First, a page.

LAWRENCE — The tight-knit group of four friends had already been through a lot together at the University of Kansas, from late-night organic chemistry study sessions to rigorous class schedules and meals out during their free time.
Now, they’ve all been recognized as outstanding students by the Barry Goldwater Scholarship & Excellence in Education Foundation. Three of the students — Emily Boyd, Cara Davis and Joseph Loomis — all earned Goldwater Scholarships, and a fourth, Zachary Wood, earned an honorable mention from the foundation.
“A Goldwater Scholarship just seemed like this shiny goal that was almost unattainable,” Boyd said. “It was exciting for all of us to do so well."
All four are junior chemistry majors who spend a lot of time together. (Loomis is also majoring in biochemistry.) Many of their classes are the same and have been for several semesters. Each of them can talk about the research going on in the others’ labs almost as quickly as they can discuss their own.
With these latest awards, 65 KU students have received Goldwater Scholarships since they were first awarded in 1989. The scholarships cover eligible expenses for undergraduate tuition, fees, books and room and board, up to $7,500 annually. Only sophomores and juniors with outstanding academic records, significant research experience and high potential for careers in mathematics, the natural sciences or engineering were eligible for nomination.
Loomis, like his Goldwater compatriots, began developing an interest in science at an early age and took Advanced Placement courses online at the encouragement of his high school teachers in Pratt. Today, his analytical chemistry work in the lab focuses on precisely measuring neurotransmitter release in the brain.
Because all four-year institutions are limited to four students who can be submitted for consideration for the award, KU’s on-campus competitive process can be a strenuous one even before the students are selected to apply to the Goldwater Foundation. A committee of professors in STEM disciplines, chaired by KU chemistry professor Mikhail Barybin, reviews each application.
The four friends remembered meeting for lunch on campus at the Underground after hearing the decision about who got nominated and being nervous about one of them getting left out.
They counted to three before revealing the news all at once.
“We were bracing ourselves for what to do in case one of us got left out,” Loomis said. No need, as all of them had made it through.
And they all went on to celebrate their future success together, too. Out of 1,280 students who applied for scholarships this year, 211 earned awards, and 281 received an honorable mention.
Davis remembered refreshing the Goldwater Foundation’s website again and again on the day the results were to be announced and texting her friends with celebratory messages after seeing their success.
“I was thinking, ‘Wow, there’s no way,’” she said. “At first, I didn’t see everyone’s name, but I was so happy when I found everyone.”
Anne Wallen is program director for the Office of Fellowships at KU, which coordinates the nomination process. She said this year’s campus competition was especially tough, and she was pleased to see the students who made it through enjoy such success.
“Having all four students recognized by the Goldwater Foundation demonstrates KU’s excellence in undergraduate research,” Wallen said. “The process for applying for national awards is very intense. With this year’s candidates being such good friends, it made it that much easier for them to look at the intangible benefits of the process.”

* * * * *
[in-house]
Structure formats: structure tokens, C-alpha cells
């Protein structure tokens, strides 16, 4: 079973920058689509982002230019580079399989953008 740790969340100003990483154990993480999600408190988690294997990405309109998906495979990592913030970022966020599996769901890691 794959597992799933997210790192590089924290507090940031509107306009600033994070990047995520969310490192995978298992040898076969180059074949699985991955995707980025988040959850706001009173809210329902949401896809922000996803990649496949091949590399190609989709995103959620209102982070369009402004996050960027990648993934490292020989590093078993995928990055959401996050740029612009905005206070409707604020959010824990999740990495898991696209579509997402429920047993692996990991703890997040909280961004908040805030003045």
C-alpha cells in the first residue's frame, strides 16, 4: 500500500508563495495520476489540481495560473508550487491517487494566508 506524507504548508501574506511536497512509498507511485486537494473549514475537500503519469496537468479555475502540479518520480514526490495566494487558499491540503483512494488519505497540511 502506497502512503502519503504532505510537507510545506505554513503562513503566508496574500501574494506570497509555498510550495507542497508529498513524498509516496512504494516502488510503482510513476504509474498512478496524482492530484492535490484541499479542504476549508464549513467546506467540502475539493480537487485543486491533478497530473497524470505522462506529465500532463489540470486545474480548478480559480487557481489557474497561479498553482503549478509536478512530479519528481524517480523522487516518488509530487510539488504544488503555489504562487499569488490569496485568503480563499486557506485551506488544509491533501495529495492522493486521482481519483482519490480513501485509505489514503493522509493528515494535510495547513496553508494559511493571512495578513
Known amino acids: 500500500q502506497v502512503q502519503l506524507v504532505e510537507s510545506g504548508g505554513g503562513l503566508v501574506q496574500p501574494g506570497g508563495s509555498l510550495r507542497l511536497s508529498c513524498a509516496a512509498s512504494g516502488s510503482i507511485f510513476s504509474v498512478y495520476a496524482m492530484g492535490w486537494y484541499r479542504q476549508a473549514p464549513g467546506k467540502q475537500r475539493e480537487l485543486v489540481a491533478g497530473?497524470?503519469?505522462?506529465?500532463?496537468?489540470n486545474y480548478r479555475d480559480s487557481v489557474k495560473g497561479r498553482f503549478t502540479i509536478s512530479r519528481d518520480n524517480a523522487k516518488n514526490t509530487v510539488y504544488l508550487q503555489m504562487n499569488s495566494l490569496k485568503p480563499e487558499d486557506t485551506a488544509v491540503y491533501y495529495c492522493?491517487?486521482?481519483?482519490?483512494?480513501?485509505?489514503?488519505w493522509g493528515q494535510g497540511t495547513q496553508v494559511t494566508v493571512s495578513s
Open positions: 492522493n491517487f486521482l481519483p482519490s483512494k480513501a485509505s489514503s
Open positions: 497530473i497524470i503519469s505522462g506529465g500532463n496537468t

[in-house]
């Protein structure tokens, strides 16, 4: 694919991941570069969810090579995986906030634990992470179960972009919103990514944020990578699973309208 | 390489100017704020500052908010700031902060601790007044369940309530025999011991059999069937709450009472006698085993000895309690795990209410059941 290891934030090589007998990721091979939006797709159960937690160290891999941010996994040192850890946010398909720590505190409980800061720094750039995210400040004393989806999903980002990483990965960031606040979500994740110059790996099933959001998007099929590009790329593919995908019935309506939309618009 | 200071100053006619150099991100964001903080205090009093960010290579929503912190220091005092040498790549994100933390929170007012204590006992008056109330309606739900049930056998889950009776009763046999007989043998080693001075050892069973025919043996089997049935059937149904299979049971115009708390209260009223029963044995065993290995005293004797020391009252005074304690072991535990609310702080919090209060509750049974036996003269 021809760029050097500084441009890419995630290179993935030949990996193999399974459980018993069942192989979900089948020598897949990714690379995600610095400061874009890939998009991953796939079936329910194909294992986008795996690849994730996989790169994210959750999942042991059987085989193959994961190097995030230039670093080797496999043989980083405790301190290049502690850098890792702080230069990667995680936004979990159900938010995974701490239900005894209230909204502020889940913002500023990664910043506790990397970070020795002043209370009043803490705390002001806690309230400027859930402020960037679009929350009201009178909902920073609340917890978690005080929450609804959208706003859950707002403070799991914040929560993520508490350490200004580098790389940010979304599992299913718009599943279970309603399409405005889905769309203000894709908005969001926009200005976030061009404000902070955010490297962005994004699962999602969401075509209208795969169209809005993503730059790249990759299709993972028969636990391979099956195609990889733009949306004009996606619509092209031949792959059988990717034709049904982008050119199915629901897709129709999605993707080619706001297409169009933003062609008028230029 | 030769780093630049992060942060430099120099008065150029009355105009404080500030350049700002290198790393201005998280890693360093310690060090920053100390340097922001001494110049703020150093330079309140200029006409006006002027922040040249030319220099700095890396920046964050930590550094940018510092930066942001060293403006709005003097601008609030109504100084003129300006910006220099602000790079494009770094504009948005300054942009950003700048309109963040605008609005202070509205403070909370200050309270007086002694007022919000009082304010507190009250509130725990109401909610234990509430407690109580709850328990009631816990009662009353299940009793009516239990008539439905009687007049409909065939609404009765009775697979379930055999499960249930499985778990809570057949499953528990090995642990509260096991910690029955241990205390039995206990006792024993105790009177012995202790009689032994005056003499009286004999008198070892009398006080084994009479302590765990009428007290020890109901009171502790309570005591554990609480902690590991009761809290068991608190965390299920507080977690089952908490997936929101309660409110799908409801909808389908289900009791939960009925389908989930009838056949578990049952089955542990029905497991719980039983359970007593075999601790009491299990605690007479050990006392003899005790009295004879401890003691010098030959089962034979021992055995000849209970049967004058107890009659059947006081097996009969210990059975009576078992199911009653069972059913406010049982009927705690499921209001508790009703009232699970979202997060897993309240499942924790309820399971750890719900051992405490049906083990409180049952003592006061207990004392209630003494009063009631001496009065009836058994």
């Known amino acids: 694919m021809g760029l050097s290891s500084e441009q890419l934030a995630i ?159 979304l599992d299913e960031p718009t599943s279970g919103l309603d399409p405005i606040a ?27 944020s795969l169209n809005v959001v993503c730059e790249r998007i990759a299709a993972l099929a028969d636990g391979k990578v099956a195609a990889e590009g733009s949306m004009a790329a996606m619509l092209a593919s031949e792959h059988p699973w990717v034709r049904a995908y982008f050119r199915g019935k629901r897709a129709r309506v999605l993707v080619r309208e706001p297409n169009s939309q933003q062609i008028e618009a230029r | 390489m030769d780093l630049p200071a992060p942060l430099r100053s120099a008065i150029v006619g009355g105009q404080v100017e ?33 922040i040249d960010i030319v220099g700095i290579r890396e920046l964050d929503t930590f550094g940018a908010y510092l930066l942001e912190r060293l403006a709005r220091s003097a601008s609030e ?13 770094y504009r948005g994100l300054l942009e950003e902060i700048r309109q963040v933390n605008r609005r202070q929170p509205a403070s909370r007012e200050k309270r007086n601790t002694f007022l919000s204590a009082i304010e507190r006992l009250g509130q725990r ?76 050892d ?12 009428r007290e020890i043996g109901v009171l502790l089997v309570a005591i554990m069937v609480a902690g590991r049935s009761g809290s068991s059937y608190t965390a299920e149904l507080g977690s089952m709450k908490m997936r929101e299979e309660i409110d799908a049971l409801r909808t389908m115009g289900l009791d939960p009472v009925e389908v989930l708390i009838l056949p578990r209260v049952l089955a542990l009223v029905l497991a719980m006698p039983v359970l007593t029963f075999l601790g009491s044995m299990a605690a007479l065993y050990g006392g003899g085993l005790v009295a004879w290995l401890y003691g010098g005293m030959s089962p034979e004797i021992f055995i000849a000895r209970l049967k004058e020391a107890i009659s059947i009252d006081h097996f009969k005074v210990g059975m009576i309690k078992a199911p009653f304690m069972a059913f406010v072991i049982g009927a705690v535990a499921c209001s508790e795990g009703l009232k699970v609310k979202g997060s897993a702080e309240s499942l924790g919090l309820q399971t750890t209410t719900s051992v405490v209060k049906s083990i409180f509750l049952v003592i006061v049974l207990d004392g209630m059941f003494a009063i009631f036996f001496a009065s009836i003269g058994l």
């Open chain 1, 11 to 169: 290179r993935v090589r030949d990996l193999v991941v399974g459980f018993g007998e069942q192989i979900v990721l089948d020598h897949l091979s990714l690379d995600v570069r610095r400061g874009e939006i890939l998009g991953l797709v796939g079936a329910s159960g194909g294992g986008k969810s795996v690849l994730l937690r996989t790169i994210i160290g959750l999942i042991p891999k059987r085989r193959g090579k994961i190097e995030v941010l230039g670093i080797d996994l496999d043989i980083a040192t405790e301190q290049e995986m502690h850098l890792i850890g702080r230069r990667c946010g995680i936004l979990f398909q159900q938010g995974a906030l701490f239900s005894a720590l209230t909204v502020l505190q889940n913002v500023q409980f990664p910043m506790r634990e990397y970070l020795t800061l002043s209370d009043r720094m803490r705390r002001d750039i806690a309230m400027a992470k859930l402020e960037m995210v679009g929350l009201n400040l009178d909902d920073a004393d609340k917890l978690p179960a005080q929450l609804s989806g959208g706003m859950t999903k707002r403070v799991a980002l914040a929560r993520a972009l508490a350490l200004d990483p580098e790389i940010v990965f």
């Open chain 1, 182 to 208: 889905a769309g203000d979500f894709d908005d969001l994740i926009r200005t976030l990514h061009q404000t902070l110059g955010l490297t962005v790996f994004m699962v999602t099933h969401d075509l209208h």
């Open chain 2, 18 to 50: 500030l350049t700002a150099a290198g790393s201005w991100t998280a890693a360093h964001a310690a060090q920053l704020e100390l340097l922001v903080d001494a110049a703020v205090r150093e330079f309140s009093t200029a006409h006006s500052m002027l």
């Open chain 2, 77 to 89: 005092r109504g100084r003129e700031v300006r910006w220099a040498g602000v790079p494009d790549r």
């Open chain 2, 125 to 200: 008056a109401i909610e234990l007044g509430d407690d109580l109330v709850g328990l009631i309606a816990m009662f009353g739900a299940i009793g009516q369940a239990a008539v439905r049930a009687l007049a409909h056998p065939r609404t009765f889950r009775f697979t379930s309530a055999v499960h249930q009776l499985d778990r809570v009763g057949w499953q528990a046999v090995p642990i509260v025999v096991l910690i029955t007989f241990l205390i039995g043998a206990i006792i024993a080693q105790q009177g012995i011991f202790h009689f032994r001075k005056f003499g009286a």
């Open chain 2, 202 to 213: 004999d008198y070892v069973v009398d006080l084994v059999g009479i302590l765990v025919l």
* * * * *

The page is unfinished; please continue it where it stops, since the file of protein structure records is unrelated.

All four students intend on pursuing careers in the sciences and plan to apply to graduate schools after receiving their KU degrees.
More information about each honoree is below.
Emily Boyd is the daughter of Mark Boyd and Patti Miklos Boyd of Moran. A graduate of Marmaton Valley High School, Boyd is preparing for a career researching environmentally beneficial catalysis. She works in the lab of James Blakemore, researching organometallic chemistry and catalysis. She has presented her work at a regional meeting of the American Chemical Society (ACS) and will present this month at the ACS national meeting. Her mentors included Blakemore, Keaton Prather and Davide Lionetti.
Cara Davis is the daughter of Daniel Davis of Wichita. A graduate of Wichita High School East, Davis is planning a career researching protein structure and dynamics. Davis currently works in the lab of Audrey Lamb in the Department of Molecular Biosciences. She was previously selected for the competitive Kansas IDeA Network of Biomedical Research Excellence (K-INBRE) program. She has given several presentations on her research as a K-INBRE Scholar, both locally and nationally. Her mentors include Lamb, Emily Scott, Jeffrey McFarlane, Aaron Bart and Agnes Walsh.
Joseph Loomis is the son of Ted and Linda Loomis of Pratt. A graduate of Pratt High School, Loomis is planning a career researching the molecular mechanisms of neurodegenerative diseases. He joined the lab of Michael Johnson in the chemistry department the summer after he graduated from high school. A scholar in the Kansas IDeA Network of K-INBRE, Loomis has presented at regional professional conferences and at the 254th National Meeting of the American Chemical Society. His mentors include Johnson, Thomas Field and Todd Williams.
Zachary Wood is the son of Anne Wood and Charles Wood of Eureka, Missouri. A graduate of Eureka High School, Wood intends to focus on the design of environmentally friendly functional materials in his research careers. He works in the lab of Mikhail Barybin researching the design of electron-rich compounds that may serve as highly conductive molecular rectifiers. Wood has presented at several local and regional conferences and three national meetings of the ACS. His mentors include Barybin, Mason Hart, Jason Applegate and Nate Erickson.